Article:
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Book Review

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As one of four contributors to an issue celebrating Christopher Eisgruber and Lawrence Sager's Religious Freedom and the Constitution, I have chosen to write an Essay that differs from an ordinary review. I compare the authors' approach with two other recent formulations of what should be central for the jurisprudence of the Religion Clauses. Since I have recently published my own treatment of the Free Exercise Clause, and a second volume on the Establishment Clause is in the pipeline toward publication, I do not here present my own positive views (though I provide references for interested readers). Those views might be capsulized as a broad defense of the Supreme Court's traditional "no hindrance-no aid" approach to the Free Exercise and Establishment Clauses – a defense that rejects a fair amount of what the Court has actually decided but also rejects the idea that some simplifying conceptual approach can best guide adjudication in this sensitive domain. Thus, although I believe we can learn much from the three approaches I discuss here, I resist claims that any of them would alone produce just decisions about the legal treatment of religion in the United States.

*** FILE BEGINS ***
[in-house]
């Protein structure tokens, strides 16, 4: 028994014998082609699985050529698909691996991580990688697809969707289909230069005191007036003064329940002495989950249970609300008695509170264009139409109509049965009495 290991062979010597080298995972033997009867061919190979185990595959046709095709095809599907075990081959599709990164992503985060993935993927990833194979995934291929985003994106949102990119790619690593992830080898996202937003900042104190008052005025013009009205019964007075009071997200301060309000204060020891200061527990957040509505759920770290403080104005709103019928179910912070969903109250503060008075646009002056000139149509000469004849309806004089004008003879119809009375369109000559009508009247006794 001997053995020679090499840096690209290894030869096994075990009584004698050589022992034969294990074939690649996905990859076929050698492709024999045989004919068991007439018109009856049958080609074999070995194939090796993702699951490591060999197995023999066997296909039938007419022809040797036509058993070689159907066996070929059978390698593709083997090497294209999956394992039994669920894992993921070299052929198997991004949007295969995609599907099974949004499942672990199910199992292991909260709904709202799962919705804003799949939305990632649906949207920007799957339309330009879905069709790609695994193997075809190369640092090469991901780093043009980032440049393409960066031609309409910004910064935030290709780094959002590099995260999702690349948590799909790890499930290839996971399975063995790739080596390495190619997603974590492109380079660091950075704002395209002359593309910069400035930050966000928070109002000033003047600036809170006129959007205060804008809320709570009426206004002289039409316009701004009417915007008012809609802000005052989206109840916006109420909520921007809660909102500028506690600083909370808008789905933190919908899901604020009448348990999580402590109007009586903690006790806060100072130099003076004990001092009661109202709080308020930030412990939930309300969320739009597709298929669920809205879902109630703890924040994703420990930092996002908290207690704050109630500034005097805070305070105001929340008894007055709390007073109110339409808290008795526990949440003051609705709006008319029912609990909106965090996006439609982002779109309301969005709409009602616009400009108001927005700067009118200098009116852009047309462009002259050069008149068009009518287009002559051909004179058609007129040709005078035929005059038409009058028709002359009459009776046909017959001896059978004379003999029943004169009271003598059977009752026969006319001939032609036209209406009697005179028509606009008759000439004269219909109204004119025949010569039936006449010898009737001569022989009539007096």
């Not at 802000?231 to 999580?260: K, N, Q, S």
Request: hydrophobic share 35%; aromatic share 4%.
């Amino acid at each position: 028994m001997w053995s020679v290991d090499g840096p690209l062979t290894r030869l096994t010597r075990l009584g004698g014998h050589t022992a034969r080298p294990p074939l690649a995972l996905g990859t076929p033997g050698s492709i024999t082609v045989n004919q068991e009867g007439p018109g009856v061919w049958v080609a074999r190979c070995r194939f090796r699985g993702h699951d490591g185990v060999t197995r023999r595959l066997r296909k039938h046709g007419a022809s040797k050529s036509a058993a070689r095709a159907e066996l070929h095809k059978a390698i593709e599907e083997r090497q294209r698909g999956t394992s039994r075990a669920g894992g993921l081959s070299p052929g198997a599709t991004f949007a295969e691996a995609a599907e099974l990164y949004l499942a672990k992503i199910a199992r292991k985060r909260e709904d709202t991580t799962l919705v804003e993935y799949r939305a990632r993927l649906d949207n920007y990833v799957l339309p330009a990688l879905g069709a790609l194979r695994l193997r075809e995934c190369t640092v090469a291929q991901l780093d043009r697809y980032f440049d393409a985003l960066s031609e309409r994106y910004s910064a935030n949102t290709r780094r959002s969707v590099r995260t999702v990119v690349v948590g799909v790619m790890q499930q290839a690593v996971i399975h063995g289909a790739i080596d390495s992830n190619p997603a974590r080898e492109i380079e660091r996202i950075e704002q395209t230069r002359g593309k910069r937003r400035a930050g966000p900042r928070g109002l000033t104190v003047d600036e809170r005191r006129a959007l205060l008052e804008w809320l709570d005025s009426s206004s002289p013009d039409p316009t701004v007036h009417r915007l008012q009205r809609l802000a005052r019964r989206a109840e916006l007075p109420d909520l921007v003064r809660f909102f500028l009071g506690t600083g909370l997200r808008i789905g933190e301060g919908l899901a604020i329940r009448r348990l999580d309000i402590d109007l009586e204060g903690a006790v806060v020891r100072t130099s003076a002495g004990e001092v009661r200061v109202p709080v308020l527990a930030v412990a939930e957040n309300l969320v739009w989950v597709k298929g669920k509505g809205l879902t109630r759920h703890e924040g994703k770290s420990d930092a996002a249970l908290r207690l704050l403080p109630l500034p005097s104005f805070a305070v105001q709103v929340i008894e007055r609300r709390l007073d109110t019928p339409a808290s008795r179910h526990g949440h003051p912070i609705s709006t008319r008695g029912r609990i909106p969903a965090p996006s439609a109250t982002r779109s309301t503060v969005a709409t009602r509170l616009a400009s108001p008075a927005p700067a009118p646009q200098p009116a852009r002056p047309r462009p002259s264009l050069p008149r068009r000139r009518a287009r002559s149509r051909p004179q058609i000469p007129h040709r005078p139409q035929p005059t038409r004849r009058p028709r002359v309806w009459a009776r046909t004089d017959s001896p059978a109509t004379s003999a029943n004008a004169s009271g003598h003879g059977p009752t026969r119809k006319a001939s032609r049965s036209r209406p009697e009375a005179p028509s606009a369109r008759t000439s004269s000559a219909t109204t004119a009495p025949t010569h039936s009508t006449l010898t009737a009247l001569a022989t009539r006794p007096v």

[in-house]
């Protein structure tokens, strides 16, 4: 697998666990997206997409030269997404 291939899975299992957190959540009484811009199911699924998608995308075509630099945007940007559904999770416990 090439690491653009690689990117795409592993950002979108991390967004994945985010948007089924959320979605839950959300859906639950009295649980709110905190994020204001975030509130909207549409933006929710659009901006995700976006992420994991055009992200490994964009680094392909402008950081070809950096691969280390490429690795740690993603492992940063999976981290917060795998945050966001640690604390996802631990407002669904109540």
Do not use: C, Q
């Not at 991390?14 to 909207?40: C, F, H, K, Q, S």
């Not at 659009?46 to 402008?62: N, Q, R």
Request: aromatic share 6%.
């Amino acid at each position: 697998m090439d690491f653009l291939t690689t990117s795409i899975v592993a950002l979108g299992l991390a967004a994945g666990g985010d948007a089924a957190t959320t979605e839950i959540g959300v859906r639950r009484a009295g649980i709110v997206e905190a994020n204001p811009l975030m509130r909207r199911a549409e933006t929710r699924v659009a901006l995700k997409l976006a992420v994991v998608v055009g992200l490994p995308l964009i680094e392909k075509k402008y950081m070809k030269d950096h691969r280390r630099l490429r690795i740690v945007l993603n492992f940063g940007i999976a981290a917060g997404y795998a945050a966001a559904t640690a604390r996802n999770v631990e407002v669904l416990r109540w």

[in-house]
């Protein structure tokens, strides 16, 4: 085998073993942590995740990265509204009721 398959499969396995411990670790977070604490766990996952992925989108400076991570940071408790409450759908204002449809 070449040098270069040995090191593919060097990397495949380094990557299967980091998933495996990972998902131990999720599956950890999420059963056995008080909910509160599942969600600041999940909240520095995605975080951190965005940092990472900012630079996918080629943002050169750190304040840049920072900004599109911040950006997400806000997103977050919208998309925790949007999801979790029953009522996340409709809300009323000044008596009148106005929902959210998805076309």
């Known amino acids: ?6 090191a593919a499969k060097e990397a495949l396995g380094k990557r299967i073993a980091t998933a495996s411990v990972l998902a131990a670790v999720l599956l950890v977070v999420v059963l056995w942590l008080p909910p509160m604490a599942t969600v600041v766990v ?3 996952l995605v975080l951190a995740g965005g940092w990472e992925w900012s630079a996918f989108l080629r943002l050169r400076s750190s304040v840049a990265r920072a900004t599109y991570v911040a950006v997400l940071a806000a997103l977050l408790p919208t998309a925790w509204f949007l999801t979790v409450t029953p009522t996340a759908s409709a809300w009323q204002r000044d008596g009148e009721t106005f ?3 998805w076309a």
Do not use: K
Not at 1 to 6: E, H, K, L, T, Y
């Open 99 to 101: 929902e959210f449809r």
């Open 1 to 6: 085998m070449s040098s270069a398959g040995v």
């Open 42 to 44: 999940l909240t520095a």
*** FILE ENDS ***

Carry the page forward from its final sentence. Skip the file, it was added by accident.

Constitutional Law | First Amendment | Human Rights Law | Law | Religion Law


Religious Freedom and the Constitution by Christopher L. Eisgruber & Lawrence G. Sager, Cambridge, MA: Harvard University Press, 2007, pp. 333, $28.95.

Copyright © 2007 Texas Law Review Association.